Selections for the service prelude welcome your guests as they are being seated. This is the time to have your favourite pieces played. Then, the processional: Wagner’s Bridal Chorus from Lohengrin (Here Comes the Bride) appeals to brides who have had it in their heads since they were little girls. Others find it trite. Trumpet Voluntary is currently popular, as is Jesu Joy of Man’s Desiring. But open up the possibilities. Is there music associated with your background that best represents you? Traditional classics? Carribean? Latin?
You may want a soloist to sing your favourite love song during the signing of the register. The recessional is a joyful celebration and is an opportunity to make a choice that is highly personal – even fun. Popular choices are Handel’s Hallelujah Chorus from The Messiah, Beethoven’s Ode to Joy and U2’s Beautiful Day.
Too many bridal couples make casual music choices – there seems to be so many more important wedding decisions to be made. This is a shame, because your choice of music represents who you are more than any other decision. Spend a little time listening and comparing so you both are represented in the music choices.
Who will produce the music at the service? You may be required to use the church organist. If not, there are lovely options. For a small site, consider a harp or two violins or guitar. Their sound won’t carry in a larger site, where you might consider a string quartet. How about a mariachi band for a Mexican beach wedding? It’s all about what will work best for you.
Start by researching
Does the service site allow music? Does it have limitations about what kind of music may be used? Can you bring in your own musicians?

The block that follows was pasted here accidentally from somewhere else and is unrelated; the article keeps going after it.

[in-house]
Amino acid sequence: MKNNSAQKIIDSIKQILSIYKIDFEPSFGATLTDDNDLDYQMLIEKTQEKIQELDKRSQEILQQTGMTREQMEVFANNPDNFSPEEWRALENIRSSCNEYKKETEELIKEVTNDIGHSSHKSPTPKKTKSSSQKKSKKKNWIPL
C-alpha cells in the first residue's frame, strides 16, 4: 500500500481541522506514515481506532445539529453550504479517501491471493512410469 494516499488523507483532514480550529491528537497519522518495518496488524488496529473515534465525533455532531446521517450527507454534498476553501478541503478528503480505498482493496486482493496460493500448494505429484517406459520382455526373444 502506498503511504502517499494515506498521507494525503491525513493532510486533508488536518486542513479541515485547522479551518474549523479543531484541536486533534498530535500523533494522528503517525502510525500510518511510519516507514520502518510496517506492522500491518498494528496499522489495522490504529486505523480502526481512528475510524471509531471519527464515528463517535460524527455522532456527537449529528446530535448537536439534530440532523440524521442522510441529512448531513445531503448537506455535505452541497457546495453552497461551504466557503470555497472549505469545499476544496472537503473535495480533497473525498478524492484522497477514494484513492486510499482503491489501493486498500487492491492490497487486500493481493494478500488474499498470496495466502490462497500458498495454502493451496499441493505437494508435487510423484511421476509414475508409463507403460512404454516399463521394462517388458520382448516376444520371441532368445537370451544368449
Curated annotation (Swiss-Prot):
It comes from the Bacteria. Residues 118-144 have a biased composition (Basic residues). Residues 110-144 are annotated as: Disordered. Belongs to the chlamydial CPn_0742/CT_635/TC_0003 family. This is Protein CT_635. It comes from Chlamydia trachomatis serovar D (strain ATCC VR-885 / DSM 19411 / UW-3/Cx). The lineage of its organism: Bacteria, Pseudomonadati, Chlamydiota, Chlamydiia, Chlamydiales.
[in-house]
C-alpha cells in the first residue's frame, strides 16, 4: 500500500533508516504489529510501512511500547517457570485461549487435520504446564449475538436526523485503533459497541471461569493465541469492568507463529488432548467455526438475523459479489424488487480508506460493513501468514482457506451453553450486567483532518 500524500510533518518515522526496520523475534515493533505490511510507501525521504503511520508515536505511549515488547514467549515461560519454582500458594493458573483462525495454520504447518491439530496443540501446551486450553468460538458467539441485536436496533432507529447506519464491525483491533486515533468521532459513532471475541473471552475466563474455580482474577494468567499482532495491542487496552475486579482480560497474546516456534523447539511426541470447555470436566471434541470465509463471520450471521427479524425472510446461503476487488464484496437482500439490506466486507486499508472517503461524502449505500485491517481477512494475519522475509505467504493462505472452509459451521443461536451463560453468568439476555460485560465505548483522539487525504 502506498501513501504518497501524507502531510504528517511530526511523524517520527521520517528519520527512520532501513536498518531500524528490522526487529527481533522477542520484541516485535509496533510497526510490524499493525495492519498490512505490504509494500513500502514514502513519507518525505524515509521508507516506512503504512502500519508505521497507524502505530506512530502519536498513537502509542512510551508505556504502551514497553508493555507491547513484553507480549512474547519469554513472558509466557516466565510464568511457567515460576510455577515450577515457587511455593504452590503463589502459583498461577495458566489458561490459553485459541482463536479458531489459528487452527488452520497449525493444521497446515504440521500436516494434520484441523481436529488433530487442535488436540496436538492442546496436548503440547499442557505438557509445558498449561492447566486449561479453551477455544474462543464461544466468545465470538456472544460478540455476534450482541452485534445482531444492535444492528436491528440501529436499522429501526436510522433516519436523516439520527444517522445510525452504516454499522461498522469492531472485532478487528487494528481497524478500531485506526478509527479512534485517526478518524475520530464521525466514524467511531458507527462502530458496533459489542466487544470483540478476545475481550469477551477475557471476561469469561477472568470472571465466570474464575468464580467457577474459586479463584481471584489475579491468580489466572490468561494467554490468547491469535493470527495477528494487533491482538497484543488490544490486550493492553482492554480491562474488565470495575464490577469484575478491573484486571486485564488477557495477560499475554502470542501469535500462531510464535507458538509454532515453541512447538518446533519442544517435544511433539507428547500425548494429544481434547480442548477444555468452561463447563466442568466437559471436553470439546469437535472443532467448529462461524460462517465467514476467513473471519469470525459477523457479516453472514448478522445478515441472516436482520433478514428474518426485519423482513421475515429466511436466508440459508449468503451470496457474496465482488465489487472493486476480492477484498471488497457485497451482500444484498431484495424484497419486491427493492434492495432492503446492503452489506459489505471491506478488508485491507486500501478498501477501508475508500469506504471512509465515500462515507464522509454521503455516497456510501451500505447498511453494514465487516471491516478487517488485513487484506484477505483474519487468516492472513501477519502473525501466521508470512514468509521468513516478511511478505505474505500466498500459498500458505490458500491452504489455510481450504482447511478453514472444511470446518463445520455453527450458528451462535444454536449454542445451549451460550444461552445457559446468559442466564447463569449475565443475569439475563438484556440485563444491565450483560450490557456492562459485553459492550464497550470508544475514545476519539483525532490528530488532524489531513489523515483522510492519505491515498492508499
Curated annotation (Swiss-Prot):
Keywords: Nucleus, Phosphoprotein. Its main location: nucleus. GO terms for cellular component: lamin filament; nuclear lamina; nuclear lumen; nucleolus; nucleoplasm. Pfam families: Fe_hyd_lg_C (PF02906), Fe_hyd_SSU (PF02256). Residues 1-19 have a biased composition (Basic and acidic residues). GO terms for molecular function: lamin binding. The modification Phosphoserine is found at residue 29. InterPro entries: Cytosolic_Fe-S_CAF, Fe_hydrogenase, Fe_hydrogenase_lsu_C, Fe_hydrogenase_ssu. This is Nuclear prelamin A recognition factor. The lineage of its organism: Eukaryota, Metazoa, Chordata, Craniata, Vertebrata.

If you’re having an outdoor service, say in a park, are there any noise restrictions? Are electrical outlets available to service the musicians?
The reception probably begins with a cocktail party. This is the chance for old friends to catch up, so conversation takes precedence and music should just be in the background. But it is necessary. A cocktail party without music is fl at. If you had your own musicians at the service, perhaps they can provide music for the reception. A harpist, quartet or, perhaps, a pianist playing popular songs is ideal.
Background music also is perfect for the dinner hour where, once again, conversation (and toasts) are king. Then ramp it up for the dancing.
Break the music choices down into four components:
- The service.
- The cocktail hour.
- The dinner hour.
- The party/dancing.
Then start collecting a variety of options for each section. Use elimination until, finally, it will be clear what will work best for you.
- “I Don’t Want to Miss a Thing” by Aerosmith
- “(Everything I Do) I Do It For You” by Bryan Adams
- “Amazed” by Lonestar
- “You’re Still The One” by Shania Twain
- “From This Moment” by Shania Twain
- “Have I Told You Lately” by Van Morrison
- “You’re Beautiful” by James Blunt
- “Angels” by Robbie Williams
- “I Will Always Love You” by Whitney Houston
- “Wind Beneath My Wings” by Bette Midler
- “Butterfly Kisses” by Bob Carlisle
- “You Raise Me Up” by Josh Groban
- “A Song For Mama” by Boyz II Men
- “No Matter What” by Boyzone